Sumba is one of the Lesser Sunda Islands, in the southern part of the province of East Nusa Tenggara. It is located 40 nautical miles south of Komodo and Flores and 165 nautical miles West of Timor.

Sumba has an area of 11,153 km², and is only sparsely populated with 665,000 inhabitants. The largest town on the island is the main port of Waingapu which has a population of about fifty thousand. Sumba is decidedly off the beaten track but perhaps the most mysterious and least understood of all Indonesia's major islands. While certainly not an easy destination for independent travelers the island offers several unusual rewards.

Christianity is the dominant religion but about a third of the indigenous population still follows animist beliefs. Sumba is one of the few places in the world where the Bronze Age practice of burial underneath megaliths remains intact. Large tomb stones  are widespread on the island. Another ancient custom is the ‘pasola’ contest, in which huge teams of warriors on horseback engage in ceremonial battles by hurling spears at each other. Casualties are not uncommon during these events.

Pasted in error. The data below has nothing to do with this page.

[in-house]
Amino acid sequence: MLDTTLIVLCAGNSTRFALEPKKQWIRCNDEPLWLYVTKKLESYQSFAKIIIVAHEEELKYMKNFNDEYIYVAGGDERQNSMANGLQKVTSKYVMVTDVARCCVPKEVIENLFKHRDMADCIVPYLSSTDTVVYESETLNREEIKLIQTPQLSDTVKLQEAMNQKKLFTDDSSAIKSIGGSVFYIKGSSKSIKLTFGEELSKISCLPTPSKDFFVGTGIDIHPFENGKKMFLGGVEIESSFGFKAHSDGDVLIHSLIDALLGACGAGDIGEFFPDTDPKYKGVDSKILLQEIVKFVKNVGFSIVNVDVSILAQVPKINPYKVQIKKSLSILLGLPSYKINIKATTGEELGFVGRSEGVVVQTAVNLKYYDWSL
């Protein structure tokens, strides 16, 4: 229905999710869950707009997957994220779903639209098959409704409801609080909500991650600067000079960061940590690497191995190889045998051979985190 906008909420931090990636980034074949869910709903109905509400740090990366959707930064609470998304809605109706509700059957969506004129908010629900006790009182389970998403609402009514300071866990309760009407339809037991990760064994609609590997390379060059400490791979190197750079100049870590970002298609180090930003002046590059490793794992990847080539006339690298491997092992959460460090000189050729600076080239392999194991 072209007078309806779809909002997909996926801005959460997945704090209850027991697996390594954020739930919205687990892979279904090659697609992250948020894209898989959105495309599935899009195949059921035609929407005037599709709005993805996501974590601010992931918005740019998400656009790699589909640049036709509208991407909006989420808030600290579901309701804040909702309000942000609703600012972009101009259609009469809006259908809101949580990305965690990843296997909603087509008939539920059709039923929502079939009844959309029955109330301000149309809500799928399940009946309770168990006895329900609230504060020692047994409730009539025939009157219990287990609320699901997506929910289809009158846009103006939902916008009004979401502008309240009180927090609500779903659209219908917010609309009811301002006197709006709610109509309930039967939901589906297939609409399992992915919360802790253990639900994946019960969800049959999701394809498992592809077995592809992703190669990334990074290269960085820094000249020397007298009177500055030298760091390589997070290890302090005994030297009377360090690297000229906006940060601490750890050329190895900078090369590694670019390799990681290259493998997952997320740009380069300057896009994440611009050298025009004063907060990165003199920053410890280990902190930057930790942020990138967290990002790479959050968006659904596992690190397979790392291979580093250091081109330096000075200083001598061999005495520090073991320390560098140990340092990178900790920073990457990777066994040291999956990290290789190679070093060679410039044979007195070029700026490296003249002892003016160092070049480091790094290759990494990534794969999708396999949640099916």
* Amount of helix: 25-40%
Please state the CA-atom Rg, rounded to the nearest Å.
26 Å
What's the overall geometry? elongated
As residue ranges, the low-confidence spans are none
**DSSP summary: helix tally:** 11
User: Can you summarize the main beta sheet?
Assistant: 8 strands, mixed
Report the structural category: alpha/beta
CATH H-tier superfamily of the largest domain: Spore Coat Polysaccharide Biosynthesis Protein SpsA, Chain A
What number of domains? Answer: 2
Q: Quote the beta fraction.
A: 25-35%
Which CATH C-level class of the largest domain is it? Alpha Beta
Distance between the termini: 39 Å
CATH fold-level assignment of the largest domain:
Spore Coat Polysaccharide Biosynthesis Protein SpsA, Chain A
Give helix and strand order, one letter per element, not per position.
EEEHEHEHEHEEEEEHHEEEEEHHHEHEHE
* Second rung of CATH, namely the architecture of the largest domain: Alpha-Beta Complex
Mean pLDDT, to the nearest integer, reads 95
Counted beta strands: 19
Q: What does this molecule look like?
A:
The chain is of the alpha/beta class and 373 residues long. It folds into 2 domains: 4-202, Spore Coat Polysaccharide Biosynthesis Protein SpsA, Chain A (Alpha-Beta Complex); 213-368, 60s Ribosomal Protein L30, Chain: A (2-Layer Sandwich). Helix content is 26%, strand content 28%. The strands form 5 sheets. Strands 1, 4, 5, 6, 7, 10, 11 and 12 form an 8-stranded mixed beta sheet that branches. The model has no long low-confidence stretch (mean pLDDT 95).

Historically, the island was known as Sandalwood Island but most of the original forest cover has been cleared for the planting of maize, cassava and other crops so only small isolated patches remain. Still the island is particularly rich in birdlife with nearly 200 bird species, of which seven are endemic and found nowhere else.

Sumba is one of the poorer islands of Indonesia yet deservedly famous for very detailed hand-woven ikat textiles. The process of dying and weaving ikat is very labor-intensive and one piece can take months to prepare.

Generally speaking Sumba is much more barren than the islands to the West and one of the major challenges is access to water. While from December to April Sumba does experience a relatively rainy season, the winds that blow from the Australian mainland from May to November during the SE monsoon bring little rain so many streams dry up.
Still there is a culture of golden rice fields in the West and Nihiwatu Resort, a small and exclusive hideaway consistently makes it onto the lists of the world's best eco-hotels.
Sumba : Sandalwood enigma of ancient times
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House of Merapu Tribe
Pasola Festival
Wanukaka Beach